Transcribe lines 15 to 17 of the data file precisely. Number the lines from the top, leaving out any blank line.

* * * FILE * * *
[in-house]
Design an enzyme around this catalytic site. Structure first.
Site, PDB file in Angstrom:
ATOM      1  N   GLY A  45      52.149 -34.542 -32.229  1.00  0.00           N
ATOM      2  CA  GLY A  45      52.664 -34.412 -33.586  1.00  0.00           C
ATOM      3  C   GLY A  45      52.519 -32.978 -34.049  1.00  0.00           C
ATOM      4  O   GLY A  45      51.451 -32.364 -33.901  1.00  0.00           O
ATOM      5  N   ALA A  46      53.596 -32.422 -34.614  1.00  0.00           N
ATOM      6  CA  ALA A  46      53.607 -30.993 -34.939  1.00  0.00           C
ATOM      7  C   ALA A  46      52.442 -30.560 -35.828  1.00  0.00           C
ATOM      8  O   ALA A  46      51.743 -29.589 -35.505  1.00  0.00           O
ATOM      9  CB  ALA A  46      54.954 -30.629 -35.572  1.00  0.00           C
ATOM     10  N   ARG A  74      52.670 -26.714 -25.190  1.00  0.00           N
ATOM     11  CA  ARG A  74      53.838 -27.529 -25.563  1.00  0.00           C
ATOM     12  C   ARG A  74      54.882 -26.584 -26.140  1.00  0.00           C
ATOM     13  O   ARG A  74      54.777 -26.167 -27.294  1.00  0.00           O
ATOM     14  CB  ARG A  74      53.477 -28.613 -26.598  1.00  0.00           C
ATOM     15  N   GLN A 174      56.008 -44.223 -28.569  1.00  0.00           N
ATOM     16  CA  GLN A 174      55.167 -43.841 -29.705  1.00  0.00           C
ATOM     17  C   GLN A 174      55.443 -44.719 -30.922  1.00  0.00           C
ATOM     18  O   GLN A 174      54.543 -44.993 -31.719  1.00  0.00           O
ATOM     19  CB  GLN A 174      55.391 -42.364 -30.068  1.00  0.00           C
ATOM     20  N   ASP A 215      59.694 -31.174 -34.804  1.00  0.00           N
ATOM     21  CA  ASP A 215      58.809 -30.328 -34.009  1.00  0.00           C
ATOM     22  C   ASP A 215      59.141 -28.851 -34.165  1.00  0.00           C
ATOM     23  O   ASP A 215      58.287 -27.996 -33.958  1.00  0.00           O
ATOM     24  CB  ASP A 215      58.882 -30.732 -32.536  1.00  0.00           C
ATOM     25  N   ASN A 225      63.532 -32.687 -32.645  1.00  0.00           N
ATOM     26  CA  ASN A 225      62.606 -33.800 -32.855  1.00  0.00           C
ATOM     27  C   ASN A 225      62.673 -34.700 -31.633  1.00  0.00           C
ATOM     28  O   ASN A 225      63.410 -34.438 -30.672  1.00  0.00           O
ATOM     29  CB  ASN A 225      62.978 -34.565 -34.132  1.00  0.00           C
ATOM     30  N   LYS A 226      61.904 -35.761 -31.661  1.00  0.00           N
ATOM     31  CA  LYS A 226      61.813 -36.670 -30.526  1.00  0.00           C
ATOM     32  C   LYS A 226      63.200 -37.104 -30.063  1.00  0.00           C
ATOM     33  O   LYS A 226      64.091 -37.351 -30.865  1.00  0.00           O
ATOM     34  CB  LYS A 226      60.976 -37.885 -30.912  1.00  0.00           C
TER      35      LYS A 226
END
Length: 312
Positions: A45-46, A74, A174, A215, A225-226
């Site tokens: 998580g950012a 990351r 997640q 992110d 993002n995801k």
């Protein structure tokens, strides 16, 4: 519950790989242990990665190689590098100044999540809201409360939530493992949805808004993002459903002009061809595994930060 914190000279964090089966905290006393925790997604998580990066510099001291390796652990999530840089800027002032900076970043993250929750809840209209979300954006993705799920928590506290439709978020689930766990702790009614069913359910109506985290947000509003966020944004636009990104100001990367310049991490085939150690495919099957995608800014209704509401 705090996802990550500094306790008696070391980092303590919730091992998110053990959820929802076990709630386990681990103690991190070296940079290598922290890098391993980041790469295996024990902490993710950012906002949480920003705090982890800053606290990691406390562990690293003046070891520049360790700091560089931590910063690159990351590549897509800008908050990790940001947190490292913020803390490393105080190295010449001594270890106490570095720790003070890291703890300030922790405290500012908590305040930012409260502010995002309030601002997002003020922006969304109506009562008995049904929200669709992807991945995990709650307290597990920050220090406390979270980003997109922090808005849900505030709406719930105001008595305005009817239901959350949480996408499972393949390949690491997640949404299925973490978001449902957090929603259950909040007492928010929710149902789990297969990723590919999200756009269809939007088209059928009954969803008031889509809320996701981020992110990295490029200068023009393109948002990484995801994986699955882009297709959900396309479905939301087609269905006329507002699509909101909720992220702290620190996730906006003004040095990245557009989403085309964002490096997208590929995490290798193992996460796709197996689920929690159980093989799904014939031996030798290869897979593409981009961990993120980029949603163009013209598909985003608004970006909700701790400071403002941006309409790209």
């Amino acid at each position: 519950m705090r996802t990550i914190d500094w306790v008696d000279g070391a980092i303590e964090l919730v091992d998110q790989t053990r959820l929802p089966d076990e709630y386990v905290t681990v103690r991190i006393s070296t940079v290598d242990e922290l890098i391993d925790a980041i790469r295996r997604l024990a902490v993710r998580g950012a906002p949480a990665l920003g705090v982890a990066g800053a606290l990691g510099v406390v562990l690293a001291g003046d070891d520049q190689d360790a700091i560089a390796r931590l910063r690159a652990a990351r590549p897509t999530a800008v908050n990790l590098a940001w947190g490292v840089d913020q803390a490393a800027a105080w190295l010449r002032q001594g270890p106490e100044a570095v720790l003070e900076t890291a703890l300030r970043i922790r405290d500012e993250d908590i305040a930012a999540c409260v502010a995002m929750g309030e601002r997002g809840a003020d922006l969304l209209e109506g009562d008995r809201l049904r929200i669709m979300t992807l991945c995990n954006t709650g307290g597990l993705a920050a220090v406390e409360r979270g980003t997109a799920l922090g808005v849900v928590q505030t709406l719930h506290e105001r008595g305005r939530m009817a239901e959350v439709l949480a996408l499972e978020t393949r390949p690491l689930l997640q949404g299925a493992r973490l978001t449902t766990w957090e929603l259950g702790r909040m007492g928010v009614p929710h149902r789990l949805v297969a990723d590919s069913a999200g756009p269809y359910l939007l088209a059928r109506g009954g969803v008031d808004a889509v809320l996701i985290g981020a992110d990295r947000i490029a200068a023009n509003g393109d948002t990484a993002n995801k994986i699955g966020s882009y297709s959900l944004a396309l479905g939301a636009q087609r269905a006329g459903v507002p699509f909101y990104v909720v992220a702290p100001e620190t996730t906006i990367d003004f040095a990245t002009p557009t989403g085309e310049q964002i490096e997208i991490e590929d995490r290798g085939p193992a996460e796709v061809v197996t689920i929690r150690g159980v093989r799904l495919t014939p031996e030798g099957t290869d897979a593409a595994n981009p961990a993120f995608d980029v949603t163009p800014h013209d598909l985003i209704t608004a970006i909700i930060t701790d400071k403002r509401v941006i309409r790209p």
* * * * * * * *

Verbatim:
ATOM     12  C   ARG A  74      54.882 -26.584 -26.140  1.00  0.00           C
ATOM     13  O   ARG A  74      54.777 -26.167 -27.294  1.00  0.00           O
ATOM     14  CB  ARG A  74      53.477 -28.613 -26.598  1.00  0.00           C